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Re: Back to school

Post by shpalman » Sun Sep 20, 2020 8:10 am

shpalman wrote:
Sat Sep 19, 2020 1:47 pm
Regional TV news says that there are 18 classes in quarantine (hundreds of individuals) so far in Lombardy, after a week of school. Five of these are in the city of Milan.

There's been a case in a school just up the road.
Meanwhile 15 schools in Lincolnshire have had confirmed cases of Covid-19

A similar number, then.

Population of Lombardy: 10 million.

Population of Lincolnshire: 1 million.*

(* depends on whether you include North Lincolnshire and North East Lincolnshire in Lincolnshire)
molto tricky

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Re: Back to school

Post by shpalman » Sun Sep 20, 2020 9:22 am

shpalman wrote:
Sun Sep 20, 2020 8:10 am
shpalman wrote:
Sat Sep 19, 2020 1:47 pm
Regional TV news says that there are 18 classes in quarantine (hundreds of individuals) so far in Lombardy, after a week of school. Five of these are in the city of Milan.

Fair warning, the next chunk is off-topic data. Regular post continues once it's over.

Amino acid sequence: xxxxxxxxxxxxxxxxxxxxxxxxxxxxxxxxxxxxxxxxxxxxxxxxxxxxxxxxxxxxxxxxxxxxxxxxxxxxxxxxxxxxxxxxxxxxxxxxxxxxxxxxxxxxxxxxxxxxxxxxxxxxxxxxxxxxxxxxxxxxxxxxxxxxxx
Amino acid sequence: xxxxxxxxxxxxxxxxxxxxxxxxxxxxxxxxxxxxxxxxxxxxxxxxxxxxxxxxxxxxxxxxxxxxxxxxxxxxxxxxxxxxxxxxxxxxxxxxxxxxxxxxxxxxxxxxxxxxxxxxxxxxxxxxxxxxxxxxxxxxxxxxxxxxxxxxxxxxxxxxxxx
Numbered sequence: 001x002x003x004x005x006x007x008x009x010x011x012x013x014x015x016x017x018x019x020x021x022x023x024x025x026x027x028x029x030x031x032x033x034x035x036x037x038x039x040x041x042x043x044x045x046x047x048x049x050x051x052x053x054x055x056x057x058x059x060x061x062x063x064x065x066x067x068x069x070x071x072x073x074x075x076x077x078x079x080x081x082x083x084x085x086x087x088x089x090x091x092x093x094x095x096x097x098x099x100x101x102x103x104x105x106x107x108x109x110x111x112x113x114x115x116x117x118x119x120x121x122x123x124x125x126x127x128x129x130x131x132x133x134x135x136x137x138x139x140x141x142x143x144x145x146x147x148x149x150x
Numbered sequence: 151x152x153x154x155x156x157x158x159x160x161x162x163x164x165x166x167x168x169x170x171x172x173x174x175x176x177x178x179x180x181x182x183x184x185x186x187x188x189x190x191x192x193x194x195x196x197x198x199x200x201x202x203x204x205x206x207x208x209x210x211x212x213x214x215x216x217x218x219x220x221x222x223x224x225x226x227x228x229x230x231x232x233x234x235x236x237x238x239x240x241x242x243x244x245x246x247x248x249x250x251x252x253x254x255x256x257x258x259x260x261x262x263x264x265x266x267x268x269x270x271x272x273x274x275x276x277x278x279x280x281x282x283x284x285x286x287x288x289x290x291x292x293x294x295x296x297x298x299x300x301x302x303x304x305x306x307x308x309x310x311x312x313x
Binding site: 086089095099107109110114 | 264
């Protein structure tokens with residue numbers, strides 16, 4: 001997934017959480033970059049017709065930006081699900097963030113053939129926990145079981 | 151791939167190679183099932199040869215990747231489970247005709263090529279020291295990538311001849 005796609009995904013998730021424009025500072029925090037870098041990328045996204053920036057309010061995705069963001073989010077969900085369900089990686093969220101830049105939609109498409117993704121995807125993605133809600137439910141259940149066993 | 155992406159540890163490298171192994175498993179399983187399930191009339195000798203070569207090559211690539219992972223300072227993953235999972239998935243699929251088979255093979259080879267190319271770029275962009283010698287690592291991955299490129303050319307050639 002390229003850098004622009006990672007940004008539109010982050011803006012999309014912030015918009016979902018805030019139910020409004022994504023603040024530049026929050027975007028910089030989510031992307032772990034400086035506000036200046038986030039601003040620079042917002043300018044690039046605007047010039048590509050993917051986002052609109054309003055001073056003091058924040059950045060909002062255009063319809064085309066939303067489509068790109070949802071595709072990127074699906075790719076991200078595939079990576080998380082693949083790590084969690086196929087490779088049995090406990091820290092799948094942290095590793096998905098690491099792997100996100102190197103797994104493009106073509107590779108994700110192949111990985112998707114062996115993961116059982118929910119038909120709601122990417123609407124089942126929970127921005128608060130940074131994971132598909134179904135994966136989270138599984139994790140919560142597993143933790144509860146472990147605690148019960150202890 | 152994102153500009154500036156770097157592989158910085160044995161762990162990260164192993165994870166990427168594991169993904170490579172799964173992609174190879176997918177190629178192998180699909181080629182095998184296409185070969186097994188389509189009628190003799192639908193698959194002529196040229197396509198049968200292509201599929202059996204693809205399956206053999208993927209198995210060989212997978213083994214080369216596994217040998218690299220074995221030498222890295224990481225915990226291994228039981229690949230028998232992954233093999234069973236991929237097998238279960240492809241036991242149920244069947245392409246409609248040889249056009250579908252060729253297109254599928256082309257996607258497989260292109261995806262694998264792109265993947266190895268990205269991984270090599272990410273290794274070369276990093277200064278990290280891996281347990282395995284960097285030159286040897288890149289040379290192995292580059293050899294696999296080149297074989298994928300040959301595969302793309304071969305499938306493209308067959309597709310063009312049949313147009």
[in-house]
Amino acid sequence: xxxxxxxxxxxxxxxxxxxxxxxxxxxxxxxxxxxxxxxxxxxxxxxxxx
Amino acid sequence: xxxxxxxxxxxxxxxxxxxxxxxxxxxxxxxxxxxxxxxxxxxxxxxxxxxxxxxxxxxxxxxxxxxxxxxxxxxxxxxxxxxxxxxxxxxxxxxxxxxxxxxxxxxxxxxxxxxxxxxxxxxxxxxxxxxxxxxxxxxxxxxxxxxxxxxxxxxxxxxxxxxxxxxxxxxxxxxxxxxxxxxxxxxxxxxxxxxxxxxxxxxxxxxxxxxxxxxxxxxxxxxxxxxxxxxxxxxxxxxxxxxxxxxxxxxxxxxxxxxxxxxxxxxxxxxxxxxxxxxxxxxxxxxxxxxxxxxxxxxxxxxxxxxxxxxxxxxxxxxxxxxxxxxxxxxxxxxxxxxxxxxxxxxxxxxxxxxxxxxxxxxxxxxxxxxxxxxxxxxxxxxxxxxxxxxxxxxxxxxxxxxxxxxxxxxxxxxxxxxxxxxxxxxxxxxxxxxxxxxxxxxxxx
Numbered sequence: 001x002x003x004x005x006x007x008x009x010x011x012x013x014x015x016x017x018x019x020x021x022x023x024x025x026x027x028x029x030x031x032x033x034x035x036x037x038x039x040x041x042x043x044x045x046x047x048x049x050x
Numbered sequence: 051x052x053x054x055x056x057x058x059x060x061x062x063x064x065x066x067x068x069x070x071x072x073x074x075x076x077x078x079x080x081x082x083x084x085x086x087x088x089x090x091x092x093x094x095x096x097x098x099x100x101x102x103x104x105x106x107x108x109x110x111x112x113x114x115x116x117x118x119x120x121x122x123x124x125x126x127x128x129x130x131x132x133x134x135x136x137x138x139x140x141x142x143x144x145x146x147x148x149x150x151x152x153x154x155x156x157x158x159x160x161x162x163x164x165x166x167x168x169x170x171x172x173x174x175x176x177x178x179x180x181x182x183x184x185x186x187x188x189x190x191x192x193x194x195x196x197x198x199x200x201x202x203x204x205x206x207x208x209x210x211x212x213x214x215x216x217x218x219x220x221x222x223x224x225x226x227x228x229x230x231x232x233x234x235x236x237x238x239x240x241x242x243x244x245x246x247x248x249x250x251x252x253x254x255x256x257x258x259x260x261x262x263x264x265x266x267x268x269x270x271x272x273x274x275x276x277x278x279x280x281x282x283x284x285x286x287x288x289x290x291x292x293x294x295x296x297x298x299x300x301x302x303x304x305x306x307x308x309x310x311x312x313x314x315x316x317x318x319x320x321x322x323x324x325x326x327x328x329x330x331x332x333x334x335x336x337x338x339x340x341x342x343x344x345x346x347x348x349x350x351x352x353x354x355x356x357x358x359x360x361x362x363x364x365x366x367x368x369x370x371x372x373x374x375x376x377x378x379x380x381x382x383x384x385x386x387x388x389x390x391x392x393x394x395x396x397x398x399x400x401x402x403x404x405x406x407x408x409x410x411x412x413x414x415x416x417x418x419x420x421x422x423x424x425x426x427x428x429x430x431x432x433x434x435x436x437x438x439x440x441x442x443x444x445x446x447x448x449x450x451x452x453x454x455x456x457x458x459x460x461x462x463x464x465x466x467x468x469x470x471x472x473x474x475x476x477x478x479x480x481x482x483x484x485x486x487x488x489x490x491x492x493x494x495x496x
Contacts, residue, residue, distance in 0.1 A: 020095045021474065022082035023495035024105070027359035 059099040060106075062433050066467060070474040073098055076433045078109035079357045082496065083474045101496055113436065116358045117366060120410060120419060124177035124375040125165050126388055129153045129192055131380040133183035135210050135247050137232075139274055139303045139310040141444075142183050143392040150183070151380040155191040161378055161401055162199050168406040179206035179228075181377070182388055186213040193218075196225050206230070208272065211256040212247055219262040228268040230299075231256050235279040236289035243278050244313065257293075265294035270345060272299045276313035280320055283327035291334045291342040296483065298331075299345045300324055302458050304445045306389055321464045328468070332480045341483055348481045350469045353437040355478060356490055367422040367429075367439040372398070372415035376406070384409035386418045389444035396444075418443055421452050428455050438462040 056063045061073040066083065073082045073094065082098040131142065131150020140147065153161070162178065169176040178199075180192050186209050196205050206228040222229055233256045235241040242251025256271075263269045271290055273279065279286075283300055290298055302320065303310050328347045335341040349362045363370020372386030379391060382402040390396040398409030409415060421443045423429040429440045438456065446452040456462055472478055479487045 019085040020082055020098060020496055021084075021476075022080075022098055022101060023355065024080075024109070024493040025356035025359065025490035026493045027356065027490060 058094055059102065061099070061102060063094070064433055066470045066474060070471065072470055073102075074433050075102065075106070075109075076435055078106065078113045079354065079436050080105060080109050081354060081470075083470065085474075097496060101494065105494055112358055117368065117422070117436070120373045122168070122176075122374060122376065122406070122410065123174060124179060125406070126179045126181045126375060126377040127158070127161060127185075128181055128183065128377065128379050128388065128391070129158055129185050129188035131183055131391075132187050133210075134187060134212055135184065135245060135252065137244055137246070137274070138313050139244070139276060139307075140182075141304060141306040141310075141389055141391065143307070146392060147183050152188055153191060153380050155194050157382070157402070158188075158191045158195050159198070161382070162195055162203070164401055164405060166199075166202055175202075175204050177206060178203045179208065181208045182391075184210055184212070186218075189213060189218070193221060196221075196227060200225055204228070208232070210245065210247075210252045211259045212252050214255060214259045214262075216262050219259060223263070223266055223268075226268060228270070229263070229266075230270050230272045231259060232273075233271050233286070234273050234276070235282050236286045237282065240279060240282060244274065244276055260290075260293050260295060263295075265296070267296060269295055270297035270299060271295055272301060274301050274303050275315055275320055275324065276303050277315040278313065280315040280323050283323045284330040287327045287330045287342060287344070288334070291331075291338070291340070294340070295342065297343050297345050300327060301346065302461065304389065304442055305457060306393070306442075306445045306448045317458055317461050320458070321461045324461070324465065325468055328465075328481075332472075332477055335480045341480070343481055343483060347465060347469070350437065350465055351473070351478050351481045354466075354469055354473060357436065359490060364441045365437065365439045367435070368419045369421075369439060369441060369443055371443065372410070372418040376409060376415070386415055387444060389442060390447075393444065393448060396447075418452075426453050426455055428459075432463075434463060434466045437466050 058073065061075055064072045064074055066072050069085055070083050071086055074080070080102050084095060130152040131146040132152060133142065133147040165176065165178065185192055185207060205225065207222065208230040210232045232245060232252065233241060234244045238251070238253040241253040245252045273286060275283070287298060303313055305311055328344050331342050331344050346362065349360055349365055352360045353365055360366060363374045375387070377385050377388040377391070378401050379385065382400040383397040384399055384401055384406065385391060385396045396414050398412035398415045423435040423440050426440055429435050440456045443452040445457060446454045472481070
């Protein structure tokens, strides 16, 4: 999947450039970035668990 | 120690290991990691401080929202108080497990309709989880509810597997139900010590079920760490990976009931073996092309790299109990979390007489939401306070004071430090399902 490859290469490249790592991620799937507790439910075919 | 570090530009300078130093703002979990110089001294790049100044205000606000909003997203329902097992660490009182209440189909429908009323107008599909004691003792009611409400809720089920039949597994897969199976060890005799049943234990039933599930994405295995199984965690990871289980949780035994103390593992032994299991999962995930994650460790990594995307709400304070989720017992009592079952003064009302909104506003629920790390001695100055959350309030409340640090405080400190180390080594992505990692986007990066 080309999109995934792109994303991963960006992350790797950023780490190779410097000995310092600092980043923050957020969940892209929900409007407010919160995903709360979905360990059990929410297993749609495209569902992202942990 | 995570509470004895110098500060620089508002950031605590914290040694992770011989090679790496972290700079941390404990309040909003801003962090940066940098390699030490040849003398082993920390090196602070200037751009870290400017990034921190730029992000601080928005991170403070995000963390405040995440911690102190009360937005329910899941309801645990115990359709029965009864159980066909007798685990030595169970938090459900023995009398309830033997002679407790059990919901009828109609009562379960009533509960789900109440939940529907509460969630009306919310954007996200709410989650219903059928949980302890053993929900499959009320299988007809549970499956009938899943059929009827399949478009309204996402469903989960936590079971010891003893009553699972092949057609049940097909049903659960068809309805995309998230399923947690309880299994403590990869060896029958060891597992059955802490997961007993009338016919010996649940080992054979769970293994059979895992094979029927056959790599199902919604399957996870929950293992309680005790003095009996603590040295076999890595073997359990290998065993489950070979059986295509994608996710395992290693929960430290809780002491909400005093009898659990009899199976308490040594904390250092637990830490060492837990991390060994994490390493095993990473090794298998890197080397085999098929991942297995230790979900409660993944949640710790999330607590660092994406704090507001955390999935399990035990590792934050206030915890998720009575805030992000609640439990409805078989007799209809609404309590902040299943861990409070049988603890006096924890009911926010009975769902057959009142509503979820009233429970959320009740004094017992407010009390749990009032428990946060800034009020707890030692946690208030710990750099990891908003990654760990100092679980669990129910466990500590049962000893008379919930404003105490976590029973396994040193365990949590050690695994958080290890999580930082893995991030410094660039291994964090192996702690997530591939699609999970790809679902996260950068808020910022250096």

There's been a case in a school just up the road.
Meanwhile 15 schools in Lincolnshire have had confirmed cases of Covid-19

A similar number, then.

Population of Lombardy: 10 million.

Population of Lincolnshire: 1 million.*

(* depends on whether you include North Lincolnshire and North East Lincolnshire in Lincolnshire)
So it's 12 schools in Lincolnshire Lincolnshire and three in Greater Lincolnshire ¯\_(ツ)_/¯
https://thelincolnite.co.uk/2020/09/stu ... am-school/

The Robert Pattinson Academy doesn't appear to be named after the actor from Twilight.

ETA plus a college
molto tricky

badger
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Re: Back to school

Post by badger » Sun Sep 20, 2020 9:35 am

shpalman wrote:
Sun Sep 20, 2020 9:22 am
shpalman wrote:
Sun Sep 20, 2020 8:10 am
shpalman wrote: